On Feb. 28, 2006, the City of San Diego honored him with a proclamation of “Ricardo Vela Day” for his contributions to the Latino community through his radio show.
Vela earned a bachelor's degree in business administration at Instituto Tecnologico de Ciudad Juarez, Mexico, and a bachelor's degree in mass communications/journalism at the University of Texas at El Paso. He also studied film and video at the Art institute in Chicago.
Vela is based at the Rubidoux Building in Riverside and can be reached at (951) 781-2151 and email@example.com.
ANR women graduate from UC Women's Initiative Program
They were among a group of mid-career women, both staff and faculty, selected from all UC locations to participate in this special program created to improve the professional development and advancement of women at UC.
The four-session program was designed by the Systemwide Advisory Committee on the Status of Women and UC Systemwide Talent Management, and delivered by CORO, a nonprofit leadership development organization.
- Cultivate a vibrant, professional network of women that spans the UC system
- Give women access to top UC leaders—women and men—so they can interview and learn from them about their diverse leadership approaches and journeys
- Strengthen participants' skills and confidence through hands-on practice with a range of tools and skills in the areas of:
- Professional development and impact
- Strategic relationship building
- Developing and delivering a compelling narrative regarding one's professional accomplishments and vision
- Negotiating at work
- Peer coaching
The program is designed for mid-career women, both faculty and staff, who demonstrate the potential to advance their careers at UC. Last year, Katherine Webb-Martinez and Tunnyalee Martin participated in the training.
Van Eenennaam tapped for national research strategy
The National Academies of Sciences, Engineering and Medicine sought nominations for scientific leaders across various disciplines to be part of an activity that will develop a compelling strategy for food and agricultural research for the next decade and beyond. Nominations were sought for transformational thinkers across the scientific enterprise (including but not exclusively limited to the agricultural sciences) to be considered for the study committee. These include individuals on the frontier of scientific disciplines that would be of value but are not traditionally associated with food and agriculture.
In addressing its statement of task, the study committee will offer a strategic and ambitious view of the opportunities for fundamental and applied interdisciplinary research that is both grounded by a deep scientific understanding of food and agricultural challenges and elevated by the breakthrough potential of insights and tools from newly converging disciplines in the food and agriculture setting.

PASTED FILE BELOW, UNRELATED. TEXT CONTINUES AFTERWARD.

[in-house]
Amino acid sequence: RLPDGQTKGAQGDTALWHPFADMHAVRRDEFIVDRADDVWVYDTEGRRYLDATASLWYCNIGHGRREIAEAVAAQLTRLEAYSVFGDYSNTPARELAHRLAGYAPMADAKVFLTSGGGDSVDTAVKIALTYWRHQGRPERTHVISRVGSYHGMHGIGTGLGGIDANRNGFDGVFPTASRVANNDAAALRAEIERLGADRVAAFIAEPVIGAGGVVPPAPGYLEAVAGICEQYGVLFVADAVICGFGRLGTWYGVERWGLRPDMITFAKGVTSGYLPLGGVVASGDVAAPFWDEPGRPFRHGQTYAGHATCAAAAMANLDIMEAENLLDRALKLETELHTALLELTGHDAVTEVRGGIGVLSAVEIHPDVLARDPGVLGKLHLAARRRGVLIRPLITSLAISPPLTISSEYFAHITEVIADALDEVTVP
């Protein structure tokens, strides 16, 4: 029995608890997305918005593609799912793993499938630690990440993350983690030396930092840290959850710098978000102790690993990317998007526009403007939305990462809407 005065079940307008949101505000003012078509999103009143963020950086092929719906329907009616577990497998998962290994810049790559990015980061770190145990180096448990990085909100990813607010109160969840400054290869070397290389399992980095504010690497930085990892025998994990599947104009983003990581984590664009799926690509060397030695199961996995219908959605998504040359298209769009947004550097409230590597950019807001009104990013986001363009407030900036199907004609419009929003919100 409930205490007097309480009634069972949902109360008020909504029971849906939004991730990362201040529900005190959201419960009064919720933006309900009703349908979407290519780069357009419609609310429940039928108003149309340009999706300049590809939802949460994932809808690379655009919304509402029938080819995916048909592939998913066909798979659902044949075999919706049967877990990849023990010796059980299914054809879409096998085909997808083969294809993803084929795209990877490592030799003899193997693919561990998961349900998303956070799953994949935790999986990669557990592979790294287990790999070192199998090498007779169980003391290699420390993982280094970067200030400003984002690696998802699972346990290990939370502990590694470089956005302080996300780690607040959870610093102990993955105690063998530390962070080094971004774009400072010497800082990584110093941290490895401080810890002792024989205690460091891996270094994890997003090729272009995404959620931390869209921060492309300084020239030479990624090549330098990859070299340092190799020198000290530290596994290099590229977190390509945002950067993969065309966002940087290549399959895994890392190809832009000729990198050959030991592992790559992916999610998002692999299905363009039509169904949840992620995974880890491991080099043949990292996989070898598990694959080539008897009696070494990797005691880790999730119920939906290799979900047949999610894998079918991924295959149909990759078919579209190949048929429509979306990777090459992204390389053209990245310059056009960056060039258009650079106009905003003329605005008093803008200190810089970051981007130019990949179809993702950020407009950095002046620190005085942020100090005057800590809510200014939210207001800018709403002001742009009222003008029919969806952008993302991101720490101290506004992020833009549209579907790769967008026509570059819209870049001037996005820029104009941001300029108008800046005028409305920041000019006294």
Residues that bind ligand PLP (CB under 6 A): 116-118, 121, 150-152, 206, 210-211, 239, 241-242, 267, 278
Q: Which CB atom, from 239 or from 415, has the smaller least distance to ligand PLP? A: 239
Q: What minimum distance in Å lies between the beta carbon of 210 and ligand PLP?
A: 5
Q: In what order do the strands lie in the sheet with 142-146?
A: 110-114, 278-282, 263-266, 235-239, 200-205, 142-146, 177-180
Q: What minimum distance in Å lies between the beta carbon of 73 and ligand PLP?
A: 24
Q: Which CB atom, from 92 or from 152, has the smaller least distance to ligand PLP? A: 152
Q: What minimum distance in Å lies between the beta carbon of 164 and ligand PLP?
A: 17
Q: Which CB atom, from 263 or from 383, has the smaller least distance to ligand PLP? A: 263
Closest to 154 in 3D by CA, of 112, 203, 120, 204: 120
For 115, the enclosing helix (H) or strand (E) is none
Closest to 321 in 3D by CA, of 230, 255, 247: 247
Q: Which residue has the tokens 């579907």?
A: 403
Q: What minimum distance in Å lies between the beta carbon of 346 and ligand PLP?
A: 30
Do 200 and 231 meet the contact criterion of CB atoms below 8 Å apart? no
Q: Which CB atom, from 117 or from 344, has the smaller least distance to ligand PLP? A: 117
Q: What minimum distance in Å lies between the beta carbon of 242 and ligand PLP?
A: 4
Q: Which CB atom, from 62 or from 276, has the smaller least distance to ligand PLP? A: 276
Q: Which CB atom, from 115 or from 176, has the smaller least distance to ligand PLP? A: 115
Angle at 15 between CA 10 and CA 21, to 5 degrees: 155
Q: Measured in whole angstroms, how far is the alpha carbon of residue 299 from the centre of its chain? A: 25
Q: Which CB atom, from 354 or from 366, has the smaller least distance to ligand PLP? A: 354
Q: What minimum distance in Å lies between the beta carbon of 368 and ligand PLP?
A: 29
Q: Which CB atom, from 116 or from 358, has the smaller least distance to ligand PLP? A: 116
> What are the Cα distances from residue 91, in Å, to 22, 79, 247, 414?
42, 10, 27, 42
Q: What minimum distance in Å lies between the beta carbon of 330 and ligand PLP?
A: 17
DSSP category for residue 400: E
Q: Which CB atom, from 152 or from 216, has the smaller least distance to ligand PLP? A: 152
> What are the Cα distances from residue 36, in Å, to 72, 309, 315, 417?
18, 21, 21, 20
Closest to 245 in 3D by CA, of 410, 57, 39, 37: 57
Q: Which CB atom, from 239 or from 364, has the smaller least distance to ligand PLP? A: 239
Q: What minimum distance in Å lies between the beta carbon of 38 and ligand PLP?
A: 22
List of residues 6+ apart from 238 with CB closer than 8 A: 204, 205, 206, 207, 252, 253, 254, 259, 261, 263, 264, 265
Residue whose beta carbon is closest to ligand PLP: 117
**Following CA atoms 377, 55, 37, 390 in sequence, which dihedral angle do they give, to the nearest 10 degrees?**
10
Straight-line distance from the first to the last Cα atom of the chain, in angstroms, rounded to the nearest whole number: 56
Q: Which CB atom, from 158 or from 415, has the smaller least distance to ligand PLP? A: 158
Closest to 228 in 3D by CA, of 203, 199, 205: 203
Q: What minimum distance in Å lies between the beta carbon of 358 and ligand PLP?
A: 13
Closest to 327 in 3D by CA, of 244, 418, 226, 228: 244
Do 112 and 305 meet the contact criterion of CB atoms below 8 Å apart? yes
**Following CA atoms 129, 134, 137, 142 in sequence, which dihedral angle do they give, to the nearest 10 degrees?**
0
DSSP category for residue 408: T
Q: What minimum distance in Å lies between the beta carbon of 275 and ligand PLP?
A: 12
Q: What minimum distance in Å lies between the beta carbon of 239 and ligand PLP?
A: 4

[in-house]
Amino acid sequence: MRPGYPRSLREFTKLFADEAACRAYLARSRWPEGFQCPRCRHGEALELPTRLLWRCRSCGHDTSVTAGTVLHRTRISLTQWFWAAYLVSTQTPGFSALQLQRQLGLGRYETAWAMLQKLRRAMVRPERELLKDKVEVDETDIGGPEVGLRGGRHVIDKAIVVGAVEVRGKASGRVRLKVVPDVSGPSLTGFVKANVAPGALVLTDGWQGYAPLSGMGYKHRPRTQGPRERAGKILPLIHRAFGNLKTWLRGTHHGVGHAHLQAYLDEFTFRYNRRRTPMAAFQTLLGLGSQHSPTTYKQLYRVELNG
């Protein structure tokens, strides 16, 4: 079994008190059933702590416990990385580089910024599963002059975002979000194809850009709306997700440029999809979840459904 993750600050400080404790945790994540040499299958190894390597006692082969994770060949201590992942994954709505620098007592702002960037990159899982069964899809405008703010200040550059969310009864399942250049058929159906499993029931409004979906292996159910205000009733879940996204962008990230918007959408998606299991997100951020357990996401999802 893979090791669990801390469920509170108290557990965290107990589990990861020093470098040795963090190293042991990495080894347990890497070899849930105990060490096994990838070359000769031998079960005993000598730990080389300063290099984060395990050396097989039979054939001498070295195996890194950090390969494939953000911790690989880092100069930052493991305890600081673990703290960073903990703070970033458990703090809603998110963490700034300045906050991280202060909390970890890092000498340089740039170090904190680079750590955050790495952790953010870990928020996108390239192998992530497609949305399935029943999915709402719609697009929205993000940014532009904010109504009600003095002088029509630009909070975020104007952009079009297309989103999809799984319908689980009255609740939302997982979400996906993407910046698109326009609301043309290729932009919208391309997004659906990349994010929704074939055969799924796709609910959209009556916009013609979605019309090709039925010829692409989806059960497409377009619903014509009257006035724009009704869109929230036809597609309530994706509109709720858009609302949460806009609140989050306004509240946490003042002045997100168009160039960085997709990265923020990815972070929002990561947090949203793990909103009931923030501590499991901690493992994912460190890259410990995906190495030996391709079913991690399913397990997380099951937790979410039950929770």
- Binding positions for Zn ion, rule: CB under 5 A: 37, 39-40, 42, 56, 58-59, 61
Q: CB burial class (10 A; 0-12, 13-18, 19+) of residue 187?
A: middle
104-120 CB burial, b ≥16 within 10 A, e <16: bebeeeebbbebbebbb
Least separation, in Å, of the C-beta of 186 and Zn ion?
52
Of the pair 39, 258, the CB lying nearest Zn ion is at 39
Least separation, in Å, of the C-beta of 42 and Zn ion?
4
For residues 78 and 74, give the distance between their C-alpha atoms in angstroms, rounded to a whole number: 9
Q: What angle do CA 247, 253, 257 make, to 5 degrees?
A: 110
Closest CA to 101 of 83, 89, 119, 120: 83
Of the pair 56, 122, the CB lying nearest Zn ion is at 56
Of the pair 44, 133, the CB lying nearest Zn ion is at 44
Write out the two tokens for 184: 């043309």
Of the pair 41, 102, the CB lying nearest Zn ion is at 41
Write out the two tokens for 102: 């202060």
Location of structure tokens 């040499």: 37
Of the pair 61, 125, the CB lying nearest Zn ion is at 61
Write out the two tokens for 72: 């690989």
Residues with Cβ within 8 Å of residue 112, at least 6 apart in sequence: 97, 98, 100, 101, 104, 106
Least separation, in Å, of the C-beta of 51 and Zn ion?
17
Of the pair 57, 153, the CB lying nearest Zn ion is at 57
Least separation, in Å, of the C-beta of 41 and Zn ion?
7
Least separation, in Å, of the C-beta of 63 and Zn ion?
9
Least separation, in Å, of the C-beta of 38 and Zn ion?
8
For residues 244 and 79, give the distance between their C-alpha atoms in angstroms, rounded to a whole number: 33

Susan Wessler, the Neil A. and Rochelle A. Campbell Presidential Chair for Innovations in Science Education and distinguished professor of genetics at UC Riverside, is co-chair of the committee.
For more information about the study, visit http://nas-sites.org/dels/studies/agricultural-science-breakthroughs/who-we-are-agriculture-breakthroughs/committee.
As we wrap up 2016, I want to take a moment to thank you for everything you've done on behalf of UC ANR this year. Whether you are conducting research, organizing extension programs, teaching nutrition, leading volunteers or quietly working behind the scenes to support our various activities, your work makes a huge difference in the lives of all Californians.
In addition to those activities, many of you also took the time to give feedback to the recent strategic planning exercise, gathered to exchange ideas at the Research to Policy conference, or contributed to enhancing the UC ANR mission in many other ways. A special thanks to the folks who chaired a committee, led a program team or served as county director – having strong, passionate leaders at every level of this organization is what makes us effective.
We are continuing to grow in numbers as hiring outpaces retirements. In 2016, 29 academics joined UC ANR and three more are poised to start in 2017. We also established four new endowed chairs with matching funds from UC President Janet Napolitano, the California Rice Research Board, the California Pistachio Research Board and, recently, the Orange County Farm Bureau. Thanks to the hard work of many stakeholders – both internal and external – we identified 26 academic positions (http://ucanr.edu/sites/anrstaff/files/253192.pdf) for a new round of hiring priorities over the next two years.
At the request of President Napolitano, we've submitted a five-year plan for UC ANR that will help us operationalize the Strategic Vision 2025 in a very thoughtful and timely manner. The next step is to further develop specific action plans for implementation and ensure the financial stability to support our vision. After the winter break, we will share the plan with the UC ANR community, as well as external stakeholders, and invite additional input as we move forward.
I'm very excited about 2017! Some great groundwork has been laid this past year to further enhance our ability to deliver the UC ANR mission and enjoy new partnerships. I hope you will have a chance to relax and enjoy the holidays with friends and family and return refreshed to tackle the challenges that await us in the new year.
DANRIS-X has been updated and will eventually be replaced with the newly created Project Board for UCCE specialists and advisors. When DANRIS-X opens for reporting, users will see a reduced number of data fields and an aesthetic refresh.
Project Board will open for 2018 reporting and will have an improved user experience and simplified data entry. Special thanks to the Project Board Academic Advisory Committee and Project Team for their continued involvement. More information can be found at http://ucanr.edu/sites/anrstaff/Divisionwide_Planning/Program_Planning_and_Evaluation/DANRIS-X/.
Upcoming dates and action items:
- DANRIS-X opens Jan. 9
- All CE specialists are invited to the Zoom webinar trainings offered on Jan. 20, from 10 a.m. to 11:30 a.m., or Jan. 24, from 2 p.m. to 3:30 p.m. Topics include an overview of the reporting system, what and why we report, etc.